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Build Your Own Guitar – Part 2

By May 24, 20187 string guitar kits
build your own guitar

Filling The Grain

build your own guitarFor those of you that missed Build Your Own Guitar – Part 1 and want to start from the beginning you can find that post HERE.

Beginners Guide To Build Your Own Guitar!

Unlike other Beginners Guide’s To Build Your Own Guitar this guide is actually done by a beginner.

That’s right! I have never built, stained, painted or finished a guitar before!  But I did watch a Youtube video so that makes me an expert right?

All that aside I figure a good majority of you buying a kit and building your own guitar are going to be doing it for the first time so why not let me be your guinea pig.  At the very least watching me do this should give you confidence that yes even someone that has no experience wood working or staining and finishing can do this too!

So after inspecting the guitar body and neck I did some sanding.  Originally the guitar was supposed to be finished in black.  However, after a visit to the local Home Depot to pick up some ebony stain I came across a blue stain I really liked by MinWax called island water.

So after some deliberation the decision was made and project Dark Lord became project island water.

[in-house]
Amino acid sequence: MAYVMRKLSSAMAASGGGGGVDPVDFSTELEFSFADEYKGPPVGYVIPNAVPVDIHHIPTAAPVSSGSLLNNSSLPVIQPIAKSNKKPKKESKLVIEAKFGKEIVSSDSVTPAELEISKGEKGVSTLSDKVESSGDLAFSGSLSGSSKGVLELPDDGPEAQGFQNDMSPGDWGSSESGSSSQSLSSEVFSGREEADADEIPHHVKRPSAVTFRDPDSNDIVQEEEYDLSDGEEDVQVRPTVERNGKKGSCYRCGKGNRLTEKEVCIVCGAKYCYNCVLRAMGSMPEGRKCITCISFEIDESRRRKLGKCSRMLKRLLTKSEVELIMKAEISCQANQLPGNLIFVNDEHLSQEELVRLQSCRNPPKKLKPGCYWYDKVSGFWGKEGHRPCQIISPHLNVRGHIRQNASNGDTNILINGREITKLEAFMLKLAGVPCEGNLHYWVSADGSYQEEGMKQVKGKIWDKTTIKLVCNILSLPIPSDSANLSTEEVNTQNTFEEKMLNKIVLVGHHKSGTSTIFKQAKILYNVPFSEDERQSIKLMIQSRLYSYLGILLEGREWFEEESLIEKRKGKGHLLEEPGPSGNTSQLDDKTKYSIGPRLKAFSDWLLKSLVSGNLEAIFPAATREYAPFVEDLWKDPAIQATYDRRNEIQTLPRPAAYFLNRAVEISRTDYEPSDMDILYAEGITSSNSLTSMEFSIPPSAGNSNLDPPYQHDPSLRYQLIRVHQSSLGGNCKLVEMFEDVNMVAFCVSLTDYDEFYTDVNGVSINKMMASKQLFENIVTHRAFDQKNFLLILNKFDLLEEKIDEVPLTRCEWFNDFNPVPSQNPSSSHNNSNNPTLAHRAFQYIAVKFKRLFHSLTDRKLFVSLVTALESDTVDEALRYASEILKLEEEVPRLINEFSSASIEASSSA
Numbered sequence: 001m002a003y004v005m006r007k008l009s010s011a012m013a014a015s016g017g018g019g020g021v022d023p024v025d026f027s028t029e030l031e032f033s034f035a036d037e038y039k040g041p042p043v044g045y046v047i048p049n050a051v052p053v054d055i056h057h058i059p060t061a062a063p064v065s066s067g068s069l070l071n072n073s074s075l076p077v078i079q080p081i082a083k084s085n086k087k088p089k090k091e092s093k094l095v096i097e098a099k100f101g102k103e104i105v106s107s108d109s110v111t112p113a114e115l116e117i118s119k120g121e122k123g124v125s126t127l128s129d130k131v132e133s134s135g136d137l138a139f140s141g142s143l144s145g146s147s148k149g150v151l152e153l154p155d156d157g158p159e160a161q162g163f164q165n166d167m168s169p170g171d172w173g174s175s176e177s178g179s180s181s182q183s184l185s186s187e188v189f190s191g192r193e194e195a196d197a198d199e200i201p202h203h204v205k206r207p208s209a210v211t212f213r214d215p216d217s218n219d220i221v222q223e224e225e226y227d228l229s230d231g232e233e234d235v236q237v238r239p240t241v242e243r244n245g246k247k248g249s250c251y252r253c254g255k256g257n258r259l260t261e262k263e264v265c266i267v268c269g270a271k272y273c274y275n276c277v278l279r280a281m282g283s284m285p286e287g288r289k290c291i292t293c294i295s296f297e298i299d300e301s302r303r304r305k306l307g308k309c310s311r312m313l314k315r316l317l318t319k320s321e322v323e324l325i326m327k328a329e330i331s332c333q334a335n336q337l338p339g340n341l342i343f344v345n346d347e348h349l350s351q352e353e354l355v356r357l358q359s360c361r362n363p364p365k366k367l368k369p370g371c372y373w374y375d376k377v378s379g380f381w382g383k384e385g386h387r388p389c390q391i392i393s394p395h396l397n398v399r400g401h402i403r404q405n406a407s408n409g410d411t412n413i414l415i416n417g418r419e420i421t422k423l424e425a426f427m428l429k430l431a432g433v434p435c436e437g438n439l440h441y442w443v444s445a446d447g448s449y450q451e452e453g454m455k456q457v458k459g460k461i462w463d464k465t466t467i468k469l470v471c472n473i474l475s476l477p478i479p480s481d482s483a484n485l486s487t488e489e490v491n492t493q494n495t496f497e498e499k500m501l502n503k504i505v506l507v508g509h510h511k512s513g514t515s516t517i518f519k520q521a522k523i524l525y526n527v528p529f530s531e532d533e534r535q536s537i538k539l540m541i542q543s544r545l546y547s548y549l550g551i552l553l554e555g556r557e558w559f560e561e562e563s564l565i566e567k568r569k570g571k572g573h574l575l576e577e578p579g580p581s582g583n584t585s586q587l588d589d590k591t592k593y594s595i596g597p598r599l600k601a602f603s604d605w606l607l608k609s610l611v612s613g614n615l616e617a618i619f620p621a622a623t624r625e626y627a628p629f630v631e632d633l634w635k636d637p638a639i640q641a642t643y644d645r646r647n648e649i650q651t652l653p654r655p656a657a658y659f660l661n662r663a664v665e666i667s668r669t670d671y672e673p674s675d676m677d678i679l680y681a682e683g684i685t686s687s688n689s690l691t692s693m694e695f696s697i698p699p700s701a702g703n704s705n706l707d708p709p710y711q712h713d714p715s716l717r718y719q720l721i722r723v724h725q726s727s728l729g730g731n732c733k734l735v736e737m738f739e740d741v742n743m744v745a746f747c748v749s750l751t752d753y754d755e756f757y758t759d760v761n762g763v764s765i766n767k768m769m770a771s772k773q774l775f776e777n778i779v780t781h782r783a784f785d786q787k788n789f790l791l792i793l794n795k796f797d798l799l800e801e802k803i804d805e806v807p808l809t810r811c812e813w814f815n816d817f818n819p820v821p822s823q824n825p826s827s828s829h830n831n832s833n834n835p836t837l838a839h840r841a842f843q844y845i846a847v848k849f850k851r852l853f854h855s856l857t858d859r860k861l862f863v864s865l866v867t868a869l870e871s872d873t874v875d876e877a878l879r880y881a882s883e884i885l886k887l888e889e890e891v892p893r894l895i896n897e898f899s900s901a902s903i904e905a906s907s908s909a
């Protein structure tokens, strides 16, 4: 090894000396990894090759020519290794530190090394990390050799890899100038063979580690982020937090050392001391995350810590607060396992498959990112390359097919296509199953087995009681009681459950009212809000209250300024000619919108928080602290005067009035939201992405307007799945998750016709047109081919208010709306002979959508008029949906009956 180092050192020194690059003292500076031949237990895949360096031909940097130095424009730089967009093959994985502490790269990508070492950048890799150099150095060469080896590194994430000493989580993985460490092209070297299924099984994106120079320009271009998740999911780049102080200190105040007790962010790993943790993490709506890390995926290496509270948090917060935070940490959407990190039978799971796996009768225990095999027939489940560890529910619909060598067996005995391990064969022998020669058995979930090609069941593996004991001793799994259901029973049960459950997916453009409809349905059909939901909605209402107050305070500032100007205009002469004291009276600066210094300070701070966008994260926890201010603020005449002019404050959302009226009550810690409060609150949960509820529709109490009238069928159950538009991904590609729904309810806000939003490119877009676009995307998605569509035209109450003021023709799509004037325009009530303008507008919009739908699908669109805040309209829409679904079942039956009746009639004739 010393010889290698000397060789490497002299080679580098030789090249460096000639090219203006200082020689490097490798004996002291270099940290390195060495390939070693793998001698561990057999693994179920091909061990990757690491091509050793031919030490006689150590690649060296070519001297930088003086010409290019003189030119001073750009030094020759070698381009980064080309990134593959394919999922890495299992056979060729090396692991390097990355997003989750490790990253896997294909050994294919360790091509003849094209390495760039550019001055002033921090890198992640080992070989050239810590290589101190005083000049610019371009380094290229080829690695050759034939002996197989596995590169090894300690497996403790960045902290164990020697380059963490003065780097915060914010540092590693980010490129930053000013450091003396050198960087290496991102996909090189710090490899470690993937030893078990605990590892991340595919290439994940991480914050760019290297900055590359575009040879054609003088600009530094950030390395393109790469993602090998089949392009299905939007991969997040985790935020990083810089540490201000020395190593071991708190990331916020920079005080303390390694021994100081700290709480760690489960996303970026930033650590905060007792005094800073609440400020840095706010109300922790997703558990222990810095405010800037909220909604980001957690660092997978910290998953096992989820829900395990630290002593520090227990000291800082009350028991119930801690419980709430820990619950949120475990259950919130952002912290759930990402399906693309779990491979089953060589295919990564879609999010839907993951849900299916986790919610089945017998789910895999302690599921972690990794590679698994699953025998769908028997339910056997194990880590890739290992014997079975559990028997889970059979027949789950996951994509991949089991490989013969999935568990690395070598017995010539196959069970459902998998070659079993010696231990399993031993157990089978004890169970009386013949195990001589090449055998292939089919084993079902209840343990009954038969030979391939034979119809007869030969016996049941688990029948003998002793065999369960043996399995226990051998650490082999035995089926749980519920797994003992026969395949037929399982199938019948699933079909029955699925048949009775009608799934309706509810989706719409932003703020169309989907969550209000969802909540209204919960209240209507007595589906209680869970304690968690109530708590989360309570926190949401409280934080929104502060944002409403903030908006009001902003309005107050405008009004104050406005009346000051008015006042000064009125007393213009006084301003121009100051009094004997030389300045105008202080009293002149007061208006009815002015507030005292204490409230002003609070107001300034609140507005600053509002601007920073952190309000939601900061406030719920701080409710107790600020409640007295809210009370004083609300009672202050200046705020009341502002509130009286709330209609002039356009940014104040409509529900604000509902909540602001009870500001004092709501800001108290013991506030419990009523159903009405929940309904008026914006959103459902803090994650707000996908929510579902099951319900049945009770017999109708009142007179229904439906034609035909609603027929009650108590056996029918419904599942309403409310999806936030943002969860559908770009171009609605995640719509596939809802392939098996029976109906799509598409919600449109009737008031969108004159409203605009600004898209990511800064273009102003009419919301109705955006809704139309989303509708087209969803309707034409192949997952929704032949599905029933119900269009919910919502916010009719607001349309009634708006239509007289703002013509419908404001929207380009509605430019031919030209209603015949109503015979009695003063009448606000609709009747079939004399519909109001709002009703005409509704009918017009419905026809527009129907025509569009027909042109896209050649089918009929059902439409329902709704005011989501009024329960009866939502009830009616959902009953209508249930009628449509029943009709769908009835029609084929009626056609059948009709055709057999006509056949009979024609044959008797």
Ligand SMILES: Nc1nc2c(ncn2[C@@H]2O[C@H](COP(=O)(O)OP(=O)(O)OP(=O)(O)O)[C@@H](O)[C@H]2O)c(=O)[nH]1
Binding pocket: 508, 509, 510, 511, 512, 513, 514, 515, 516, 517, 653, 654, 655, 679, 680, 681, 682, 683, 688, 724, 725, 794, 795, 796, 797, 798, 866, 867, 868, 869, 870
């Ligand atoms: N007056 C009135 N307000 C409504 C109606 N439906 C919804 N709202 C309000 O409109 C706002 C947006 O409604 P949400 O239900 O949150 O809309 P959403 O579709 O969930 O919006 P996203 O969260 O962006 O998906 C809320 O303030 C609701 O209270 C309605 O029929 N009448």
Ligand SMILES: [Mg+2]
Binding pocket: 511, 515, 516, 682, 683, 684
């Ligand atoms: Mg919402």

Here is a rundown of what was picked up at the hardware store:

Ebony Wood Filler

MinWax Water Based Stain (Island Water)

MinWax Polyurethane Semi-Gloss

Blue Painters Tape

Foam Paint Brushes

220/400/800 Grit Sandpaper

build your own guitarThe ebony wood filler is used to bring out the grain of the wood.  Now the grain of the wood on the body of this guitar was not super interesting but enough that I decided to stain rather than go with a solid color.

Instead of just applying the wood filler straight and having do to major sanding, I decided to play it safe and mix 10% wood filler with 90% water.

Using a cloth the water/wood filler mix was wiped on in an attempt to accentuate the grain.

After letting the guitar body dry a light sanding was done on the body to expose some of the natural wood while leaving behind some of the filler to bring out the grain.

All in all, so far, so good.  I figure if I like how it looks I must be on the right track.  And if you don’t like the result you are getting you can always sand it down and start again.

Check back next time when we start applying the stain!

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Check out Part 3 HERE.